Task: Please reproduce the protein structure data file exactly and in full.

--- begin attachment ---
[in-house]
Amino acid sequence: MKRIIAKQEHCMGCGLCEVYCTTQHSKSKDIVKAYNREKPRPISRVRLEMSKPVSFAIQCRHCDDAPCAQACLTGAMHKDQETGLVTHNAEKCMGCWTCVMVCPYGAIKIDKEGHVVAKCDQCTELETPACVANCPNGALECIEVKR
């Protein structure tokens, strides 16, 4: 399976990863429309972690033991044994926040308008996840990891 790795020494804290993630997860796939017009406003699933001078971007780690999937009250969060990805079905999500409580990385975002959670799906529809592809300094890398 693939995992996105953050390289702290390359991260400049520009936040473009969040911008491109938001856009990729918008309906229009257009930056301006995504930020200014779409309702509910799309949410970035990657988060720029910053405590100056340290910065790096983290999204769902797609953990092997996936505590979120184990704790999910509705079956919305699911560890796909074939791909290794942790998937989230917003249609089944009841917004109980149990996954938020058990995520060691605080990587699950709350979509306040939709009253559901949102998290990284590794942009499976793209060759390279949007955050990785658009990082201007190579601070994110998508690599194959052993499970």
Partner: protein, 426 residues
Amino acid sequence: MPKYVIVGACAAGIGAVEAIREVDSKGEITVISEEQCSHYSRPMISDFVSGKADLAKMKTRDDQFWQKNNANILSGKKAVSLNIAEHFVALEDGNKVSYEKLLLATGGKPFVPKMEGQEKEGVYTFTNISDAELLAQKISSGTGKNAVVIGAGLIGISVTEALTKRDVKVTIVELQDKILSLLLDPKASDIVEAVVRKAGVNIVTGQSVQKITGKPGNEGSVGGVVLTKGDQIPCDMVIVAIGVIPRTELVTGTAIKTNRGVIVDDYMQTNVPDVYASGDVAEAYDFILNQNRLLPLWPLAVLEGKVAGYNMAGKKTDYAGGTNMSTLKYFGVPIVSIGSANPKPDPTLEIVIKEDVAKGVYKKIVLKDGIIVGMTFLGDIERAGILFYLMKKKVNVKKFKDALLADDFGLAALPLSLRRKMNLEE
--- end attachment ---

[in-house]
Amino acid sequence: MKRIIAKQEHCMGCGLCEVYCTTQHSKSKDIVKAYNREKPRPISRVRLEMSKPVSFAIQCRHCDDAPCAQACLTGAMHKDQETGLVTHNAEKCMGCWTCVMVCPYGAIKIDKEGHVVAKCDQCTELETPACVANCPNGALECIEVKR
């Protein structure tokens, strides 16, 4: 399976990863429309972690033991044994926040308008996840990891 790795020494804290993630997860796939017009406003699933001078971007780690999937009250969060990805079905999500409580990385975002959670799906529809592809300094890398 693939995992996105953050390289702290390359991260400049520009936040473009969040911008491109938001856009990729918008309906229009257009930056301006995504930020200014779409309702509910799309949410970035990657988060720029910053405590100056340290910065790096983290999204769902797609953990092997996936505590979120184990704790999910509705079956919305699911560890796909074939791909290794942790998937989230917003249609089944009841917004109980149990996954938020058990995520060691605080990587699950709350979509306040939709009253559901949102998290990284590794942009499976793209060759390279949007955050990785658009990082201007190579601070994110998508690599194959052993499970």
Partner: protein, 426 residues
Amino acid sequence: MPKYVIVGACAAGIGAVEAIREVDSKGEITVISEEQCSHYSRPMISDFVSGKADLAKMKTRDDQFWQKNNANILSGKKAVSLNIAEHFVALEDGNKVSYEKLLLATGGKPFVPKMEGQEKEGVYTFTNISDAELLAQKISSGTGKNAVVIGAGLIGISVTEALTKRDVKVTIVELQDKILSLLLDPKASDIVEAVVRKAGVNIVTGQSVQKITGKPGNEGSVGGVVLTKGDQIPCDMVIVAIGVIPRTELVTGTAIKTNRGVIVDDYMQTNVPDVYASGDVAEAYDFILNQNRLLPLWPLAVLEGKVAGYNMAGKKTDYAGGTNMSTLKYFGVPIVSIGSANPKPDPTLEIVIKEDVAKGVYKKIVLKDGIIVGMTFLGDIERAGILFYLMKKKVNVKKFKDALLADDFGLAALPLSLRRKMNLEE